From mid-2016 travellers to the Western Australia’s Coral Coast will be allowed to swim with humpback whales.

Travellers to Western Australia can swim with humpbacks from mid-2016.

Travellers to Western Australia can swim with humpbacks from mid-2016. Image by William Klos / CC BY 2.0

Last year saw 20,670 people visit Ningaloo Reef to swim with the world’s largest fish – the whale shark. Operators at Ninglaoo Marine Parkwith existing whale shark swimming licenses, will be able to extend this to the humpback migration season for a trial in July 2016. Business owners who conduct whale-watching tours hope to continue with whale watching, but to also build a successful and sustainable whale swimming experience.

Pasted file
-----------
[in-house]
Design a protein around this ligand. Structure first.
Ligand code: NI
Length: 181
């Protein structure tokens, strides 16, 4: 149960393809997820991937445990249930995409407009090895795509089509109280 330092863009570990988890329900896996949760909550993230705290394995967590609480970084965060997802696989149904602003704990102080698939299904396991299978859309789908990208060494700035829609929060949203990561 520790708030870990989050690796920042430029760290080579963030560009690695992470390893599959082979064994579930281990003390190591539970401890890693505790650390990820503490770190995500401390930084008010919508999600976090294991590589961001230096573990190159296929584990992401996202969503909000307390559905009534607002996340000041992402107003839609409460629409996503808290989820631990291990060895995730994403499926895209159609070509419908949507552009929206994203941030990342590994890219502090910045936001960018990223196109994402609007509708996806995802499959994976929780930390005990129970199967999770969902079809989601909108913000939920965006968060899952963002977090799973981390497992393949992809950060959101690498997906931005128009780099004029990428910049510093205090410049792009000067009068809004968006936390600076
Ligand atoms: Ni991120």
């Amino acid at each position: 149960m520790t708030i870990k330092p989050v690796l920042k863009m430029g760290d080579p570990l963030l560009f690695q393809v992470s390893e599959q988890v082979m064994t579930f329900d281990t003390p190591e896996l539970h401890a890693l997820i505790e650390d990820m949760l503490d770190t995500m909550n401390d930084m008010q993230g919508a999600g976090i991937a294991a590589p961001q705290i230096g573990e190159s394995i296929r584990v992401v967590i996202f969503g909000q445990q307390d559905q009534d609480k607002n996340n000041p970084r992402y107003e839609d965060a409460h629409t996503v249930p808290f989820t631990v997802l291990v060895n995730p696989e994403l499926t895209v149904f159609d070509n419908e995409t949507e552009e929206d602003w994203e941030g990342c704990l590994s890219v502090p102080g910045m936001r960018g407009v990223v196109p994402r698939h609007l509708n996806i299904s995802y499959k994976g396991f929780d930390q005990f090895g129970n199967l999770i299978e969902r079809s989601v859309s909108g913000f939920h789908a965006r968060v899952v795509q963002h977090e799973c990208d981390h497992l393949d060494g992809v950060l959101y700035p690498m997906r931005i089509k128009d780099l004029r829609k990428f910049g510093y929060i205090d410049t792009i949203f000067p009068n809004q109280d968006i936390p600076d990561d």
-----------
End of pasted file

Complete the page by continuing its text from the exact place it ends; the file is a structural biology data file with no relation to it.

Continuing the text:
Whale shark operators have vast in-water interaction experience with large marine animals and will receive additional training and guidelines from WA’s Department of Parks and Wildlife in advance of the season opening. Whales have unique movement patterns, and for this reason, a tour participant will only be allowed to interact with single whales, not accompanied by calves. To fully participate, visitors will require a high swimming capability as whales, in general, are more agile and faster moving than whale sharks. Tourists will continue to have the option to stay on board as a viewer at a reduced rate.

The new tours will extend the whale shark season, which traditionally finishes around July. It is hoped the trial will offer a significant boost to the Ningaloo area’s economy, as well as the wider Coral Coast region and the state of Western Australia.